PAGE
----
AIM AND METHODS: This study used microcosting methods to determine the cost and health outcomes of living and deceased donor kidney transplantation in adult and pediatric recipients. The perspective used was from the Ministry of Health Malaysia. Cost-effectiveness measures were cost per life year (LY) and cost per quality-adjusted LYs. The time horizon was the lifetime of the transplant recipient from transplant to death.
RESULTS: Records of 206 KT recipients (118 adults and 88 children) were obtained for microcosting. In adults, discounted cost per LY was US $8609(Malaysian Ringgit [RM]29 482) and US $13 209(RM45 234) for living-donor kidney transplant (LKT) and deceased donor kidney transplant (DKT), respectively, whereas in children, it was US $10 485(RM35 905) and US $14 985(RM51 317), respectively. Cost per quality-adjusted LY in adults was US $8826 (RM30 224) for LKT and US $13 592(RM46 546) for DKT. Total lifetime discounted costs of adult transplants were US $119 702 (RM409 921) for LKT, US $147 152 (RM503 922) for DKT. Total costs for pediatric transplants were US $154 841(RM530 252) and US $159 313(RM545 566) for the 2 categories respectively.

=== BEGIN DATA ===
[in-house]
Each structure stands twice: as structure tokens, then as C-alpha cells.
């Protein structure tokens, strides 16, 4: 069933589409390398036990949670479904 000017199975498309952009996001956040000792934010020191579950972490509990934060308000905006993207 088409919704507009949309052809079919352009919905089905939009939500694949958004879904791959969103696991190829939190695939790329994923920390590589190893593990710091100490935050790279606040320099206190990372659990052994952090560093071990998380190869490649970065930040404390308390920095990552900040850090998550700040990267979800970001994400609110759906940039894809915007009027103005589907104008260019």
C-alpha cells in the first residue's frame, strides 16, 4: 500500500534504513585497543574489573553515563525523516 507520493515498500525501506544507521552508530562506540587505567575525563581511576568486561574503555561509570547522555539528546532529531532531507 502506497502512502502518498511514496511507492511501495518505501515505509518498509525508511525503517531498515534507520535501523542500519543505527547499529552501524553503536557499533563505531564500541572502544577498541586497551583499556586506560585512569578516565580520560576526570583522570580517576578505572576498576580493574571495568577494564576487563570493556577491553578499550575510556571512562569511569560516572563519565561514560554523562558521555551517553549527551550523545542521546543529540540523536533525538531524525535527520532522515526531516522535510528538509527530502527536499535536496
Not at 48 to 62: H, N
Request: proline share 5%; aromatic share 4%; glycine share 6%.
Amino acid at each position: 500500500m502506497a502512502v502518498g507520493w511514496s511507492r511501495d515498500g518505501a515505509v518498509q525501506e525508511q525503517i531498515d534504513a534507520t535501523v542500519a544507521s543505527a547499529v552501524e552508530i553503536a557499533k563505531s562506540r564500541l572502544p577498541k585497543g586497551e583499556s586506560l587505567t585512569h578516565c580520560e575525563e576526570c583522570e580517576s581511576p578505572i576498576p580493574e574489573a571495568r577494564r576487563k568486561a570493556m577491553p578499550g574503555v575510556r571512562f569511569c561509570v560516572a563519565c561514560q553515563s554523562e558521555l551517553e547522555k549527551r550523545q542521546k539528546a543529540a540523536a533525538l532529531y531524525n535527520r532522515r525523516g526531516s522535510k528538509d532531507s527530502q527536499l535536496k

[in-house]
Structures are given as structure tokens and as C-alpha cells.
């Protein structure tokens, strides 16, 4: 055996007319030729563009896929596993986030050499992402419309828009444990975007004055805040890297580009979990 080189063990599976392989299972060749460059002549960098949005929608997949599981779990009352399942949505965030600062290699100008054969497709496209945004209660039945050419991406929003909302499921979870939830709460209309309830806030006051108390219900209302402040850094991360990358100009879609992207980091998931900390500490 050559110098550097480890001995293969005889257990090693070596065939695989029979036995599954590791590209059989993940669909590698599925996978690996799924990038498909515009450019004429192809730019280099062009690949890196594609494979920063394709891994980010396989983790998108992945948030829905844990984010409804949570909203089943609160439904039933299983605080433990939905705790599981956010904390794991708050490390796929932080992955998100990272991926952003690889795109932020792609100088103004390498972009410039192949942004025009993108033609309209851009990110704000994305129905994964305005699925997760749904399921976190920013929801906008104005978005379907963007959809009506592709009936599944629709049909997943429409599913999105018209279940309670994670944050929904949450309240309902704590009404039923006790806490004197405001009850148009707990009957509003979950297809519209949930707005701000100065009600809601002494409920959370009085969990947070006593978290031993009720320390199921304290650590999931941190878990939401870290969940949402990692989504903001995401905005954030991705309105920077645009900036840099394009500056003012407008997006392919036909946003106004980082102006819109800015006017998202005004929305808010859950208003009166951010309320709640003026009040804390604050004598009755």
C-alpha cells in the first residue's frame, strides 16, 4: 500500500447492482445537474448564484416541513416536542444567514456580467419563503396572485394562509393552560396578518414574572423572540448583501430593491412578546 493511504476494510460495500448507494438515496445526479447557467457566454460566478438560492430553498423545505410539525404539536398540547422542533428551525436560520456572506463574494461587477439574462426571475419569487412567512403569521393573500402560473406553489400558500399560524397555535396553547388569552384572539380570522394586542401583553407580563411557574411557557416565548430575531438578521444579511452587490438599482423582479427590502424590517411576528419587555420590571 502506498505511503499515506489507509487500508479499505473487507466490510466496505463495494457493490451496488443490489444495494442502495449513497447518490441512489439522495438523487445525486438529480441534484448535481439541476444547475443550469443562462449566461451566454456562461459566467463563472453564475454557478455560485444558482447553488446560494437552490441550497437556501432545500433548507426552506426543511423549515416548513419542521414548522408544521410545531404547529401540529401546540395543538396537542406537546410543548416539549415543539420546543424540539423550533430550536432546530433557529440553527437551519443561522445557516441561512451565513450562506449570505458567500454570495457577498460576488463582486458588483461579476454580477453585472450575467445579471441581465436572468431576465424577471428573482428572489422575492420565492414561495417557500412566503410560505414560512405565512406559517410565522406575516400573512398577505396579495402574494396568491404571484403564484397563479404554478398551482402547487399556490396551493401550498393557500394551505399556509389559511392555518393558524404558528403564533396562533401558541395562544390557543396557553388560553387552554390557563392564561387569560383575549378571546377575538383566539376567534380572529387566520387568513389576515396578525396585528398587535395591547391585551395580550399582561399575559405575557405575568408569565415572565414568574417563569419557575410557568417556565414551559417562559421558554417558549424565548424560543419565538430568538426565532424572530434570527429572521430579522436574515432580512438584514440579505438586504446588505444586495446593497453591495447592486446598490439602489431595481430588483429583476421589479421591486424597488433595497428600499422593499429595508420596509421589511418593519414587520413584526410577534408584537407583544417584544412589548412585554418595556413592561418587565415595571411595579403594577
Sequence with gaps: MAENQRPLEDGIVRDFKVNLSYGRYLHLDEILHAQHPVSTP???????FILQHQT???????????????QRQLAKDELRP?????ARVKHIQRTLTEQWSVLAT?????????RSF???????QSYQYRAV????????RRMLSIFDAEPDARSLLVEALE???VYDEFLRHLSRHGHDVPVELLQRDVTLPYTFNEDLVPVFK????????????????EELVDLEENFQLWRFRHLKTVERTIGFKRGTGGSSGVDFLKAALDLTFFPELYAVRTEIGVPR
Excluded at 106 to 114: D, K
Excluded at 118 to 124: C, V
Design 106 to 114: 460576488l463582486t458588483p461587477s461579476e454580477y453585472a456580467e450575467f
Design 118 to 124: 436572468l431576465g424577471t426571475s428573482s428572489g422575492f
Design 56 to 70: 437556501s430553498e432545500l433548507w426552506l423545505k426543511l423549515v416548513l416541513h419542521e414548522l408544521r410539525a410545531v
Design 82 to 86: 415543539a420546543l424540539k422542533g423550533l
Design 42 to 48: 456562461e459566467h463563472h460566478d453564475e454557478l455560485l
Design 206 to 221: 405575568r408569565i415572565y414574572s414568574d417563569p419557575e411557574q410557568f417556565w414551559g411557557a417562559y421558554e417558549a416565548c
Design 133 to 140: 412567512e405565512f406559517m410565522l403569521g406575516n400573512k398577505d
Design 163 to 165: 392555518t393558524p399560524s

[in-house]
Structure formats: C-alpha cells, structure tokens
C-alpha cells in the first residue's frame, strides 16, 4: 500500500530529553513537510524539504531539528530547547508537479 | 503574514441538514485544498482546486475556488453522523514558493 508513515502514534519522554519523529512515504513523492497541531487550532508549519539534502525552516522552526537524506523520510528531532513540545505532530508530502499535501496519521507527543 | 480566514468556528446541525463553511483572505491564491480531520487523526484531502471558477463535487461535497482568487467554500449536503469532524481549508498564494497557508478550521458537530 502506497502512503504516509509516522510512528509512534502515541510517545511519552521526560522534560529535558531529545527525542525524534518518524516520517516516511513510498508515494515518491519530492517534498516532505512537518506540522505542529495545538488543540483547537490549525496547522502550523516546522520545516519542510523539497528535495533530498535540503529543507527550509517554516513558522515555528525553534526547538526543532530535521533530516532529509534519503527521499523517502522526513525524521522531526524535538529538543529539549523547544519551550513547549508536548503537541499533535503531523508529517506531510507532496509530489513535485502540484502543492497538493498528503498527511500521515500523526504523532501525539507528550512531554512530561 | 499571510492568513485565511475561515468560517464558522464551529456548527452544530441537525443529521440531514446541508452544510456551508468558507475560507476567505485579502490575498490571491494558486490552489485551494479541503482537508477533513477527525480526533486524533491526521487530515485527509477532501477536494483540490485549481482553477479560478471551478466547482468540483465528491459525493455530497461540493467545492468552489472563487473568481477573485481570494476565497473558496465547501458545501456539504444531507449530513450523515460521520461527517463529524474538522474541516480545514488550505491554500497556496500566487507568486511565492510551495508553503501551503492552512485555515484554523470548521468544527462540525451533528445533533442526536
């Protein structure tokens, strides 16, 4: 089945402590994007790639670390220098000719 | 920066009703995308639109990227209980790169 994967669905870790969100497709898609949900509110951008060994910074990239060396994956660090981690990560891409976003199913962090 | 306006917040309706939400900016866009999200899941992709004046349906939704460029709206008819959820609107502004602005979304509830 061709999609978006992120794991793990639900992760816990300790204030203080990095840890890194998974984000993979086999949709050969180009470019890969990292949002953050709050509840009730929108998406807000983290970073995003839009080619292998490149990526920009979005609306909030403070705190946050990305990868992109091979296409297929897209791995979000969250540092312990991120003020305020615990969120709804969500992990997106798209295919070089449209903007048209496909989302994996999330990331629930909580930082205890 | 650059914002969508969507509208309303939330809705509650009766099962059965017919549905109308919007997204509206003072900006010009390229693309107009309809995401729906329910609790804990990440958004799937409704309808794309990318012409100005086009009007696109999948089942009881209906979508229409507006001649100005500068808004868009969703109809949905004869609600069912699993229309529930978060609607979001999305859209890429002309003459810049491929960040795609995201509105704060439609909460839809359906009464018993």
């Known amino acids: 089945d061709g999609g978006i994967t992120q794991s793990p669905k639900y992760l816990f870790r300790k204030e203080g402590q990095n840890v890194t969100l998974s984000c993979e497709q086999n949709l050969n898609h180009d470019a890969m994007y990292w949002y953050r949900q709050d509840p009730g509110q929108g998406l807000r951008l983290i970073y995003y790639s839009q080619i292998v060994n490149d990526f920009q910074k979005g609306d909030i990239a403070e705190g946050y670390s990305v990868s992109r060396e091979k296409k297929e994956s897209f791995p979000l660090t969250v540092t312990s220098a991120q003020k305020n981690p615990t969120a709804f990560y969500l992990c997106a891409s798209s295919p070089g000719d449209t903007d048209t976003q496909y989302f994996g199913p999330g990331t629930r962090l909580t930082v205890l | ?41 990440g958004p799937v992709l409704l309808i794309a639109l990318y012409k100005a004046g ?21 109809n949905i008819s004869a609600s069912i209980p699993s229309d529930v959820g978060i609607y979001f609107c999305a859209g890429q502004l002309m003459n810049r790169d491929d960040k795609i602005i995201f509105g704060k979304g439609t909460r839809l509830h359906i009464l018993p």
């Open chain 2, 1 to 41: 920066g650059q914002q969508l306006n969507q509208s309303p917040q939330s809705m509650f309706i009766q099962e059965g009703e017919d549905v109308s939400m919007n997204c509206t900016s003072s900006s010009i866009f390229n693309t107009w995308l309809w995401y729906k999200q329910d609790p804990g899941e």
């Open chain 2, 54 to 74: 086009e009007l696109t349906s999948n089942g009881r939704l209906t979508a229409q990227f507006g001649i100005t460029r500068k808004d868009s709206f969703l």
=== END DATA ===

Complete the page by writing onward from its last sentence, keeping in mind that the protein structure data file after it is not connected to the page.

CONCLUSIONS: Both LKT and DKT are economically favorable for Malaysian adult and pediatric patients with ESRD and result in improvement in quality of life.
OBJECTIVES: We assessed the health and economic impact of the 10-valent pneumococcal nontypeable Haemophilus influenzae protein D conjugate vaccine (PCV-10) compared with the current 13-valent pneumococcal conjugate vaccine (PCV-13) recommended for Hong Kong in 2011, providing new elements to be considered by public health authorities in the future decision-making process for pneumococcal vaccines in this country.